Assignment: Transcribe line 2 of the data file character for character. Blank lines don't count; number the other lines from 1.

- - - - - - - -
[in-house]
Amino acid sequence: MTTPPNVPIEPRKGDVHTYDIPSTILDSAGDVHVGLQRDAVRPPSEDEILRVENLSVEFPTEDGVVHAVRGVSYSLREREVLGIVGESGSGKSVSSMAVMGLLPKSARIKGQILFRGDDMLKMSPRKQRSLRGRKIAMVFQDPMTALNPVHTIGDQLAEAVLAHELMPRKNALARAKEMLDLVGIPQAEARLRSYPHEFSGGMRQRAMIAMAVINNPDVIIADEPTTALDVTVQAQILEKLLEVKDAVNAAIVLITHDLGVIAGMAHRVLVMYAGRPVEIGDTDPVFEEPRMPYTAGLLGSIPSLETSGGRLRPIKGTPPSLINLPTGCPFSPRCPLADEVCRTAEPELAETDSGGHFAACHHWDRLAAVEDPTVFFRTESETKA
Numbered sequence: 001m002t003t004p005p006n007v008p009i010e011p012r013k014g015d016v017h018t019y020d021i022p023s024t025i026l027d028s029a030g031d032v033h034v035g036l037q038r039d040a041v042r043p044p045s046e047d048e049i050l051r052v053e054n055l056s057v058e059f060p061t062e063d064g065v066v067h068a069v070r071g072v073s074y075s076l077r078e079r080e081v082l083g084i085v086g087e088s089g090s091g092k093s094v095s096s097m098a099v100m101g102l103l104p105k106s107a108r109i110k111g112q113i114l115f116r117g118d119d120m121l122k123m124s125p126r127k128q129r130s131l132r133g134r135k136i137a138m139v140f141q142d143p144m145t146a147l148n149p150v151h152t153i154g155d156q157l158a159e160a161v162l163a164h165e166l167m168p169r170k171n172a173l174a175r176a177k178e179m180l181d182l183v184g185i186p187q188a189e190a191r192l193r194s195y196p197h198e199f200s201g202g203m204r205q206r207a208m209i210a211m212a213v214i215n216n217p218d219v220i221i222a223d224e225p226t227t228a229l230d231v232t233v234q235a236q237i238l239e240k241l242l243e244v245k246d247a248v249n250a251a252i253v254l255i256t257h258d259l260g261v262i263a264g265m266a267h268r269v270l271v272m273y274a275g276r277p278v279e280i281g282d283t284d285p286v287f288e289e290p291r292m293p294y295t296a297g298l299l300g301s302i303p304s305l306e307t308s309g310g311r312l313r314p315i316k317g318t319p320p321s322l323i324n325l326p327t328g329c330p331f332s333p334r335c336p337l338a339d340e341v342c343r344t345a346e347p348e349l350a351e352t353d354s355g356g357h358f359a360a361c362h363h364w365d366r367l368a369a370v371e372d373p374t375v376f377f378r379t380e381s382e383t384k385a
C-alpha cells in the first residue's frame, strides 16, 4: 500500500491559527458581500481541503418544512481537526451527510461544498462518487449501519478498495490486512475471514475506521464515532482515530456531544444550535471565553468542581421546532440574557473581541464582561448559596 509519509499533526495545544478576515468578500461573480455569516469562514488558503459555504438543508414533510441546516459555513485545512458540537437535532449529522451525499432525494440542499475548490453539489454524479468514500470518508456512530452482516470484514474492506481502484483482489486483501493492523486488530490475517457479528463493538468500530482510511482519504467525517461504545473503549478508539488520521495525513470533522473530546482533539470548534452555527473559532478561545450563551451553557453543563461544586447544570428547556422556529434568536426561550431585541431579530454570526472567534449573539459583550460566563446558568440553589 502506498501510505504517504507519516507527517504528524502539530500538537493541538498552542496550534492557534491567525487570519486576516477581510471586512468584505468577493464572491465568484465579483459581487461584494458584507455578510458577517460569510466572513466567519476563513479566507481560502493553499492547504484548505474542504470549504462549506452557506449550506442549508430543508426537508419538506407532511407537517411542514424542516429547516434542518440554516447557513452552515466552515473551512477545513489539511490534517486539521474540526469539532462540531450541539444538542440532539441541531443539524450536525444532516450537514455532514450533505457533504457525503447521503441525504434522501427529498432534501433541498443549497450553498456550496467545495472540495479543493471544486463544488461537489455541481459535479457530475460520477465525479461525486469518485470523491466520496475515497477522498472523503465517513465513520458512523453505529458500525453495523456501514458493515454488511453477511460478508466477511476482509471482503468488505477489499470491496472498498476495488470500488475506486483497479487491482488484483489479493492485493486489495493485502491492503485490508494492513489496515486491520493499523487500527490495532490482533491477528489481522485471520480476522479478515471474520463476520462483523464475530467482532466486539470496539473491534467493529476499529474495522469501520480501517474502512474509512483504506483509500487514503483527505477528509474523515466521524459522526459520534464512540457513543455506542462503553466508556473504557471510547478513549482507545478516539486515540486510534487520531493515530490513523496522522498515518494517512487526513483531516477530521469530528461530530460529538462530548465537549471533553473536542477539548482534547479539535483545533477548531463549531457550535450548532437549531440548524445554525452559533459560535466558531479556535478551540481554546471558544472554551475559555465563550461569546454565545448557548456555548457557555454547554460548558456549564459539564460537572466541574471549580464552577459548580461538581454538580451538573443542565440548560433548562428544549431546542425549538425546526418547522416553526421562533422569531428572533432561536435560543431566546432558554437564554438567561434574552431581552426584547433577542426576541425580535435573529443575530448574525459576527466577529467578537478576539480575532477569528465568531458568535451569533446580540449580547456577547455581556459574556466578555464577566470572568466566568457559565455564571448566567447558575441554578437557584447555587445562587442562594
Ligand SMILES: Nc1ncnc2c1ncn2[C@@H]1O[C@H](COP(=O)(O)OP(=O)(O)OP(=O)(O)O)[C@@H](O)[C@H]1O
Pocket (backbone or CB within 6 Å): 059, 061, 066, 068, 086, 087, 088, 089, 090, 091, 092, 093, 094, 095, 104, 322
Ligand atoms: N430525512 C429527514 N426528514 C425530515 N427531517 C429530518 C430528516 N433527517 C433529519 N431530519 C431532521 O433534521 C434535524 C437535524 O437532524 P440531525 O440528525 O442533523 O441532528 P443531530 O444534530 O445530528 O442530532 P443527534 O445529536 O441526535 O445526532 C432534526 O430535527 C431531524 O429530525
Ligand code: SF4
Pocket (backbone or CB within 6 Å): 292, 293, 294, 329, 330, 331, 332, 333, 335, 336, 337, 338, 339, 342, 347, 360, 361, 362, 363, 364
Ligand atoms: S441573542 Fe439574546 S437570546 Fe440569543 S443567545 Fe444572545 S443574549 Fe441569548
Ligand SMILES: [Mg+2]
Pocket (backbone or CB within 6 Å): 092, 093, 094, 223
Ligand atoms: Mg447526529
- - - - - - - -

Amino acid sequence: MTTPPNVPIEPRKGDVHTYDIPSTILDSAGDVHVGLQRDAVRPPSEDEILRVENLSVEFPTEDGVVHAVRGVSYSLREREVLGIVGESGSGKSVSSMAVMGLLPKSARIKGQILFRGDDMLKMSPRKQRSLRGRKIAMVFQDPMTALNPVHTIGDQLAEAVLAHELMPRKNALARAKEMLDLVGIPQAEARLRSYPHEFSGGMRQRAMIAMAVINNPDVIIADEPTTALDVTVQAQILEKLLEVKDAVNAAIVLITHDLGVIAGMAHRVLVMYAGRPVEIGDTDPVFEEPRMPYTAGLLGSIPSLETSGGRLRPIKGTPPSLINLPTGCPFSPRCPLADEVCRTAEPELAETDSGGHFAACHHWDRLAAVEDPTVFFRTESETKA